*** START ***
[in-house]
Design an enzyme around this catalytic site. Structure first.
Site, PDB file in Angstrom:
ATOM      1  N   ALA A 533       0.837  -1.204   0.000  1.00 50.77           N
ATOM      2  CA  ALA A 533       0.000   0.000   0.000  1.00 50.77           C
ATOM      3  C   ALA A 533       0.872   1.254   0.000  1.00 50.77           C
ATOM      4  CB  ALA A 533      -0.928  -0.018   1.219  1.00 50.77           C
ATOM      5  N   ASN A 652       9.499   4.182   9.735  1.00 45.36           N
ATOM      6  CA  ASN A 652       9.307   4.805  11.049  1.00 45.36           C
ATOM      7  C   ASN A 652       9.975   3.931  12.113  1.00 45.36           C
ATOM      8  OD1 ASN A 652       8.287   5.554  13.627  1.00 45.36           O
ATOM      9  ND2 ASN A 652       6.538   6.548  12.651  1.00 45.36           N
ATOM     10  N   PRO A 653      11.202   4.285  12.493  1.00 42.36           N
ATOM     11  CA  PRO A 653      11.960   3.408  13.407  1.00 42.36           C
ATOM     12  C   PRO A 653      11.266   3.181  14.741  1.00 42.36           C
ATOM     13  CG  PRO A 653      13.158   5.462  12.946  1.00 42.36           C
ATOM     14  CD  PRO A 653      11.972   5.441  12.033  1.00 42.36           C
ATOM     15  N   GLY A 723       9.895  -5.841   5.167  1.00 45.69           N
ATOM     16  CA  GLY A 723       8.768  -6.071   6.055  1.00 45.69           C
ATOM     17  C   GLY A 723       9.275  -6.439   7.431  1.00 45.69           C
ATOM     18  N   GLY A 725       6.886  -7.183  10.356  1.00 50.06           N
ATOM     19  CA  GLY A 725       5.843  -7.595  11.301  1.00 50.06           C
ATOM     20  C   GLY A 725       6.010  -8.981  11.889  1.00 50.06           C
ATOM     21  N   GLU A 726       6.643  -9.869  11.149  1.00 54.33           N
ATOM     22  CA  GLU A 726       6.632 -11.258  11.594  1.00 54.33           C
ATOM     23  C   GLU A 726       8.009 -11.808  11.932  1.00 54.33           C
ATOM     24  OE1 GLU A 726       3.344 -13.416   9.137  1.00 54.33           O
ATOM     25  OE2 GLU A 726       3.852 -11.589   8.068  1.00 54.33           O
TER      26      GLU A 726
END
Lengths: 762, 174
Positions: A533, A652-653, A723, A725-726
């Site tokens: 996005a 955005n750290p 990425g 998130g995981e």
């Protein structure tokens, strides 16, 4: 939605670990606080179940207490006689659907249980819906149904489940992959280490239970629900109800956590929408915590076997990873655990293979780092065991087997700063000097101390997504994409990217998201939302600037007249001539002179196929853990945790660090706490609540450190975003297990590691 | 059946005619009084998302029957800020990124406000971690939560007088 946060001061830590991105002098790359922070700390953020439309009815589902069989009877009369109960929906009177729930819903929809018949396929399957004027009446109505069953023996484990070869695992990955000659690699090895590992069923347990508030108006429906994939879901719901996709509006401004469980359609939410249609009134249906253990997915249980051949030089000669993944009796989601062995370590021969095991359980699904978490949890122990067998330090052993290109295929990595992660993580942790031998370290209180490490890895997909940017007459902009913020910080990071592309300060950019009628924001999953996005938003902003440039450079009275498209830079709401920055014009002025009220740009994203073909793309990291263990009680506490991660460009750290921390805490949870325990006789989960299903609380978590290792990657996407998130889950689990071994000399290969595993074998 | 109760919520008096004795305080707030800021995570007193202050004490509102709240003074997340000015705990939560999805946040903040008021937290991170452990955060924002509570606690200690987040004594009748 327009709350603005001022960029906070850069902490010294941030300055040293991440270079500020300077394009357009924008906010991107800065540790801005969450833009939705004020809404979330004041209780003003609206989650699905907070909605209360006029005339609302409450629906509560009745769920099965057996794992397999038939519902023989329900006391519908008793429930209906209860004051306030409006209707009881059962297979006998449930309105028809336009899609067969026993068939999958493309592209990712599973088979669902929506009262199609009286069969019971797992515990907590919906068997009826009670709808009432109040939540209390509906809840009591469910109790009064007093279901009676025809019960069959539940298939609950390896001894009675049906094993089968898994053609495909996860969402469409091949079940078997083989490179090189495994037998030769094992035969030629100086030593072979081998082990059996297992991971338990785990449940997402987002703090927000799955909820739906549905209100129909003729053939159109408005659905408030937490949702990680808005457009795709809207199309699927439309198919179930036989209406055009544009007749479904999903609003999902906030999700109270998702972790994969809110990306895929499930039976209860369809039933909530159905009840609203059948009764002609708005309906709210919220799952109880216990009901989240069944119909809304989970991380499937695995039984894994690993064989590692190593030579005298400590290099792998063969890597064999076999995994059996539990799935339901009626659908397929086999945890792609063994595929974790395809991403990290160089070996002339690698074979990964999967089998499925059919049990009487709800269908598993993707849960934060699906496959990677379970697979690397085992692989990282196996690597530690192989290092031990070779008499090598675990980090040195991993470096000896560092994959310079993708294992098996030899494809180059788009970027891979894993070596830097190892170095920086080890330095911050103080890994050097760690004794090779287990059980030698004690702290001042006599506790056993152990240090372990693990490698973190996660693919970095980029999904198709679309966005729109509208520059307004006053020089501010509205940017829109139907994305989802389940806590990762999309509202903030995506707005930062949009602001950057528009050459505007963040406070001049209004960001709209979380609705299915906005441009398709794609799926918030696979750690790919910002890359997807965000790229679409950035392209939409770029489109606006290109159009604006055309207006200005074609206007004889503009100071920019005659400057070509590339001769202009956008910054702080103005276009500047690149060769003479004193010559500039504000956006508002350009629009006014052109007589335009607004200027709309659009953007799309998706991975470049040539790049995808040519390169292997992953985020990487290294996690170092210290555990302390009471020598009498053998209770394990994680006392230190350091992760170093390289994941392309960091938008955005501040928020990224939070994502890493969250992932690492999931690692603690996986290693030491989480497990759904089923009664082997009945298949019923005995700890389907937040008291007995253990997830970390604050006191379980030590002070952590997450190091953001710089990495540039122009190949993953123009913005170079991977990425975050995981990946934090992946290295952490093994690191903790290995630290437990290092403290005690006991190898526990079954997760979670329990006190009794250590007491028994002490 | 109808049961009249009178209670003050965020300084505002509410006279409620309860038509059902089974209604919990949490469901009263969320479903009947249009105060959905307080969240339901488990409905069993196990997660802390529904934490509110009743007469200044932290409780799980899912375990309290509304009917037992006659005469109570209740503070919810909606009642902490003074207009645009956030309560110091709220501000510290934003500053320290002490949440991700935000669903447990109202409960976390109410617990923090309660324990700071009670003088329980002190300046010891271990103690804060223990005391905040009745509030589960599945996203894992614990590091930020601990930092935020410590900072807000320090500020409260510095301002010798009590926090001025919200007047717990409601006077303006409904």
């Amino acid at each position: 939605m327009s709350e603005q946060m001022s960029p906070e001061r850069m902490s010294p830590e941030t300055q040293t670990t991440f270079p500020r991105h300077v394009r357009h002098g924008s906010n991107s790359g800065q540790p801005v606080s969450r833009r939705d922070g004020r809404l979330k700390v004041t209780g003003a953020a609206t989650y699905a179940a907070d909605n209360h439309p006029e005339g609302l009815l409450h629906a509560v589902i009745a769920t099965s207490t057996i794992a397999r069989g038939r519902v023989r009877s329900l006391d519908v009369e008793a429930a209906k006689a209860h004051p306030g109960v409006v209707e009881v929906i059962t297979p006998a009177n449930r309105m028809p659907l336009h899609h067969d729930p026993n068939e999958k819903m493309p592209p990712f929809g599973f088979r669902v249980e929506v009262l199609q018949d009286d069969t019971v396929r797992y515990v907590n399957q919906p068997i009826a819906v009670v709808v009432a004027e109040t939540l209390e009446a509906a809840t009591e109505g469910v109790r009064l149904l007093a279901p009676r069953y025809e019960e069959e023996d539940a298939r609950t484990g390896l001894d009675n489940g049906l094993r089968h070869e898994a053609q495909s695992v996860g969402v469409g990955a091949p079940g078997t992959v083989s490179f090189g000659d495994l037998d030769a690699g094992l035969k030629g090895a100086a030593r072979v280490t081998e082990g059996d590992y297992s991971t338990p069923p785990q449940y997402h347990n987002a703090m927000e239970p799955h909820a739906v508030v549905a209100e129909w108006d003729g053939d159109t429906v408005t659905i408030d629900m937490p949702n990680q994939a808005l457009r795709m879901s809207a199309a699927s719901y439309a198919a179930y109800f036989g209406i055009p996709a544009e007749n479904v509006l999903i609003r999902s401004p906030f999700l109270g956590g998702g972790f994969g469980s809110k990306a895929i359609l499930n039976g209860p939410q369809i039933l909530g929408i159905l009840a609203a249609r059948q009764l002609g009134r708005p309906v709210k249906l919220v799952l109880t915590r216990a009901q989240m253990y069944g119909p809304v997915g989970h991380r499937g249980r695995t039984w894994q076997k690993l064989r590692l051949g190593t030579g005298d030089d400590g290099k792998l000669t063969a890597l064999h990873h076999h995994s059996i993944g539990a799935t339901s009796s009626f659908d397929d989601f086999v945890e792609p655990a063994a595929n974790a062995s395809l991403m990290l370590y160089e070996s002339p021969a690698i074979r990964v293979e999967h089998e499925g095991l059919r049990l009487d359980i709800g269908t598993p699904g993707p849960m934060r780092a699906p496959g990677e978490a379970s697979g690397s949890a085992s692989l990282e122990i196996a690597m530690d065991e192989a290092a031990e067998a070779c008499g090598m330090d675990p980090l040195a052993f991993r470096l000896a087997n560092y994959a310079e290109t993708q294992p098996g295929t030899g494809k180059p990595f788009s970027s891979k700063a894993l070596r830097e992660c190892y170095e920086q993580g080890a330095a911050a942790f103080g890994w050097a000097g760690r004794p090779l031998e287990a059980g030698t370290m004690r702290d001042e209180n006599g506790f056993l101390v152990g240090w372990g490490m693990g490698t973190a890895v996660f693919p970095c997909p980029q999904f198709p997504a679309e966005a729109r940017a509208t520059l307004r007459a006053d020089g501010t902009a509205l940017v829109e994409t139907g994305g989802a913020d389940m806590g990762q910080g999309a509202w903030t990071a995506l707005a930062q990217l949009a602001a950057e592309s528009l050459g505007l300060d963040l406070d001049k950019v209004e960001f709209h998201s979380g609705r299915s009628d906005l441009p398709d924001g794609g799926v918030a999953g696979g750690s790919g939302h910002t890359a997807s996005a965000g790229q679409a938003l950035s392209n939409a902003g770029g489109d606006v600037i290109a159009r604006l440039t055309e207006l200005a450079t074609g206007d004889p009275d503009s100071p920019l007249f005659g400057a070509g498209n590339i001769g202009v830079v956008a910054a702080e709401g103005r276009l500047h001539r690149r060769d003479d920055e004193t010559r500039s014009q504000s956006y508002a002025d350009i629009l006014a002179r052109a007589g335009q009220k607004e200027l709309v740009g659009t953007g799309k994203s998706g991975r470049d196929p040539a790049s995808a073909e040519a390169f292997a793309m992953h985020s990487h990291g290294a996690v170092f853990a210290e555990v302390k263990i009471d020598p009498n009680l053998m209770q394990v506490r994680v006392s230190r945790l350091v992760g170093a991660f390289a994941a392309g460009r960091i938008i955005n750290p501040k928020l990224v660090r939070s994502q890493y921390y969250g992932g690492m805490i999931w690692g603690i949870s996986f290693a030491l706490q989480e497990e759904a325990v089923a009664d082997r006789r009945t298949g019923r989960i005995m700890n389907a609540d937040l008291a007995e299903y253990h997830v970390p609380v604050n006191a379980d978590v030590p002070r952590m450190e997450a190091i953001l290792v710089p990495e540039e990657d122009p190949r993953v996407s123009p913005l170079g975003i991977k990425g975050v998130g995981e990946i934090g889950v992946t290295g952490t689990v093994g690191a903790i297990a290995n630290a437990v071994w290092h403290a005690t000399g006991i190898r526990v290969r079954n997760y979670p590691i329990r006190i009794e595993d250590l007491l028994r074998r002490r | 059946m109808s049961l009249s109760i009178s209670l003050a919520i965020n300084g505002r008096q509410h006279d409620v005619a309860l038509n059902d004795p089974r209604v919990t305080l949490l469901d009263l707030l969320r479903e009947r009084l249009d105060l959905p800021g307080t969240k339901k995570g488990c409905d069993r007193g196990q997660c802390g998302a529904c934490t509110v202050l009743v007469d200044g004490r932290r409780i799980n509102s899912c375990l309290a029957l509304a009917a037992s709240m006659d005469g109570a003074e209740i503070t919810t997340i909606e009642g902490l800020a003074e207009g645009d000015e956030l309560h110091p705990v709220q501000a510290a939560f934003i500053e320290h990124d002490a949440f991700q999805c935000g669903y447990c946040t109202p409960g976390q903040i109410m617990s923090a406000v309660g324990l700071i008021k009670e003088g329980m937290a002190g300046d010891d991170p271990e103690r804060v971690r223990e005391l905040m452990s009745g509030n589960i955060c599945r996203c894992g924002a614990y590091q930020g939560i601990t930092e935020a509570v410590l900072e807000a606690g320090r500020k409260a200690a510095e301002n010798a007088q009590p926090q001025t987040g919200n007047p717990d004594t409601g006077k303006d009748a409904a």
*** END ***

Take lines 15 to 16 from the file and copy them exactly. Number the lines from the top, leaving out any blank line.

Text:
ATOM     12  C   PRO A 653      11.266   3.181  14.741  1.00 42.36           C
ATOM     13  CG  PRO A 653      13.158   5.462  12.946  1.00 42.36           C